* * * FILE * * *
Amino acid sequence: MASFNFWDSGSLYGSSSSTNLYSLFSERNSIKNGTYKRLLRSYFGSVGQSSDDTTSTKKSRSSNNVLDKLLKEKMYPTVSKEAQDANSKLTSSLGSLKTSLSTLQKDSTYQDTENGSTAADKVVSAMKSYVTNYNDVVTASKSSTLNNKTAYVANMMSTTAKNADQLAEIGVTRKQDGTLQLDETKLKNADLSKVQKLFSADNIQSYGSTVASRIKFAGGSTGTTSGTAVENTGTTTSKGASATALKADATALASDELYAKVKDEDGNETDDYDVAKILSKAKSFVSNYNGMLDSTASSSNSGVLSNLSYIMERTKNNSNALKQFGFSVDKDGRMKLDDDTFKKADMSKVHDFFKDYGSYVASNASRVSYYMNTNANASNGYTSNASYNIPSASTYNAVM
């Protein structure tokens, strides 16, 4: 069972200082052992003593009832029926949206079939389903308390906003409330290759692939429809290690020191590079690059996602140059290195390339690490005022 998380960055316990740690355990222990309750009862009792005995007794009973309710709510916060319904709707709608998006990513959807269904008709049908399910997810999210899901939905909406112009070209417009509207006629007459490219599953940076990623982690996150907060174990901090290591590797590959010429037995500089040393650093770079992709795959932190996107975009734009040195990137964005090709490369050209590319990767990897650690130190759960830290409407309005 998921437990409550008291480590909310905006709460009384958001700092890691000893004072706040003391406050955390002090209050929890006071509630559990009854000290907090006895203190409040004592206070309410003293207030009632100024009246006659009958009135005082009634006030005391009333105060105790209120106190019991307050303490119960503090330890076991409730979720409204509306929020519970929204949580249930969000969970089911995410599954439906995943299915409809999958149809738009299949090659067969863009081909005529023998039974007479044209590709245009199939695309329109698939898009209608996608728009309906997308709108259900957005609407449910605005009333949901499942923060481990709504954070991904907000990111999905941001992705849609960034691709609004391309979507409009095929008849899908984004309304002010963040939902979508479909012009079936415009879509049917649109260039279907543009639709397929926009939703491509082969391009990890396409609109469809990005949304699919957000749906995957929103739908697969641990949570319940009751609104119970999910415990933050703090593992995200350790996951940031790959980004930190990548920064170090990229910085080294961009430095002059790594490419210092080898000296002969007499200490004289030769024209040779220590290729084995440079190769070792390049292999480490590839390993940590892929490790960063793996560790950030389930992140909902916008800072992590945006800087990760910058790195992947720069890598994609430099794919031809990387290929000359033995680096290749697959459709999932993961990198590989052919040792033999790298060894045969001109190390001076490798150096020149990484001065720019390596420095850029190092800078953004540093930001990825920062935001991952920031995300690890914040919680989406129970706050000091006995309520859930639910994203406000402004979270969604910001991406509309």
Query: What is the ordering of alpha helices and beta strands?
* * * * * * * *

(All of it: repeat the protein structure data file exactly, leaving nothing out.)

Amino acid sequence: MASFNFWDSGSLYGSSSSTNLYSLFSERNSIKNGTYKRLLRSYFGSVGQSSDDTTSTKKSRSSNNVLDKLLKEKMYPTVSKEAQDANSKLTSSLGSLKTSLSTLQKDSTYQDTENGSTAADKVVSAMKSYVTNYNDVVTASKSSTLNNKTAYVANMMSTTAKNADQLAEIGVTRKQDGTLQLDETKLKNADLSKVQKLFSADNIQSYGSTVASRIKFAGGSTGTTSGTAVENTGTTTSKGASATALKADATALASDELYAKVKDEDGNETDDYDVAKILSKAKSFVSNYNGMLDSTASSSNSGVLSNLSYIMERTKNNSNALKQFGFSVDKDGRMKLDDDTFKKADMSKVHDFFKDYGSYVASNASRVSYYMNTNANASNGYTSNASYNIPSASTYNAVM
């Protein structure tokens, strides 16, 4: 069972200082052992003593009832029926949206079939389903308390906003409330290759692939429809290690020191590079690059996602140059290195390339690490005022 998380960055316990740690355990222990309750009862009792005995007794009973309710709510916060319904709707709608998006990513959807269904008709049908399910997810999210899901939905909406112009070209417009509207006629007459490219599953940076990623982690996150907060174990901090290591590797590959010429037995500089040393650093770079992709795959932190996107975009734009040195990137964005090709490369050209590319990767990897650690130190759960830290409407309005 998921437990409550008291480590909310905006709460009384958001700092890691000893004072706040003391406050955390002090209050929890006071509630559990009854000290907090006895203190409040004592206070309410003293207030009632100024009246006659009958009135005082009634006030005391009333105060105790209120106190019991307050303490119960503090330890076991409730979720409204509306929020519970929204949580249930969000969970089911995410599954439906995943299915409809999958149809738009299949090659067969863009081909005529023998039974007479044209590709245009199939695309329109698939898009209608996608728009309906997308709108259900957005609407449910605005009333949901499942923060481990709504954070991904907000990111999905941001992705849609960034691709609004391309979507409009095929008849899908984004309304002010963040939902979508479909012009079936415009879509049917649109260039279907543009639709397929926009939703491509082969391009990890396409609109469809990005949304699919957000749906995957929103739908697969641990949570319940009751609104119970999910415990933050703090593992995200350790996951940031790959980004930190990548920064170090990229910085080294961009430095002059790594490419210092080898000296002969007499200490004289030769024209040779220590290729084995440079190769070792390049292999480490590839390993940590892929490790960063793996560790950030389930992140909902916008800072992590945006800087990760910058790195992947720069890598994609430099794919031809990387290929000359033995680096290749697959459709999932993961990198590989052919040792033999790298060894045969001109190390001076490798150096020149990484001065720019390596420095850029190092800078953004540093930001990825920062935001991952920031995300690890914040919680989406129970706050000091006995309520859930639910994203406000402004979270969604910001991406509309």
Query: What is the ordering of alpha helices and beta strands?